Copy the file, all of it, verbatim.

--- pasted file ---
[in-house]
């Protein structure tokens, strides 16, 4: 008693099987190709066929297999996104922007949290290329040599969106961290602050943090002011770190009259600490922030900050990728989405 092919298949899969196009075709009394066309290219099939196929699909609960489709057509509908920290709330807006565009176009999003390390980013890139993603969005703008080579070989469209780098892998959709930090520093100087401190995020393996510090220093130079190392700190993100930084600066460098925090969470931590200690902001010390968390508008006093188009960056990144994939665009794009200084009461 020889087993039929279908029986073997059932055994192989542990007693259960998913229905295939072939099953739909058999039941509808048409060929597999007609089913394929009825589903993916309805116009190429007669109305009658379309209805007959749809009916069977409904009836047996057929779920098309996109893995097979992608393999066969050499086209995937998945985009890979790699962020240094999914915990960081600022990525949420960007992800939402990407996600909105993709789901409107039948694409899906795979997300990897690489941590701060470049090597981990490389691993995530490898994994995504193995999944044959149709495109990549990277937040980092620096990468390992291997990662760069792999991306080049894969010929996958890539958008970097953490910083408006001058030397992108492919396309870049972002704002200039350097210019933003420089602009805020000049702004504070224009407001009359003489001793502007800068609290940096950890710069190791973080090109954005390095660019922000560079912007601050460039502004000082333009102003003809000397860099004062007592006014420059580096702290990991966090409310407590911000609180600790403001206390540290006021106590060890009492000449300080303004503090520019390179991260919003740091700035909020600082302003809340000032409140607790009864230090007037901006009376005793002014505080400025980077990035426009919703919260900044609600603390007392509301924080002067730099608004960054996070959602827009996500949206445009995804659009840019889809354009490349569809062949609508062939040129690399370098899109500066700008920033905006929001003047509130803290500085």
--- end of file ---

[in-house]
């Protein structure tokens, strides 16, 4: 008693099987190709066929297999996104922007949290290329040599969106961290602050943090002011770190009259600490922030900050990728989405 092919298949899969196009075709009394066309290219099939196929699909609960489709057509509908920290709330807006565009176009999003390390980013890139993603969005703008080579070989469209780098892998959709930090520093100087401190995020393996510090220093130079190392700190993100930084600066460098925090969470931590200690902001010390968390508008006093188009960056990144994939665009794009200084009461 020889087993039929279908029986073997059932055994192989542990007693259960998913229905295939072939099953739909058999039941509808048409060929597999007609089913394929009825589903993916309805116009190429007669109305009658379309209805007959749809009916069977409904009836047996057929779920098309996109893995097979992608393999066969050499086209995937998945985009890979790699962020240094999914915990960081600022990525949420960007992800939402990407996600909105993709789901409107039948694409899906795979997300990897690489941590701060470049090597981990490389691993995530490898994994995504193995999944044959149709495109990549990277937040980092620096990468390992291997990662760069792999991306080049894969010929996958890539958008970097953490910083408006001058030397992108492919396309870049972002704002200039350097210019933003420089602009805020000049702004504070224009407001009359003489001793502007800068609290940096950890710069190791973080090109954005390095660019922000560079912007601050460039502004000082333009102003003809000397860099004062007592006014420059580096702290990991966090409310407590911000609180600790403001206390540290006021106590060890009492000449300080303004503090520019390179991260919003740091700035909020600082302003809340000032409140607790009864230090007037901006009376005793002014505080400025980077990035426009919703919260900044609600603390007392509301924080002067730099608004960054996070959602827009996500949206445009995804659009840019889809354009490349569809062949609508062939040129690399370098899109500066700008920033905006929001003047509130803290500085």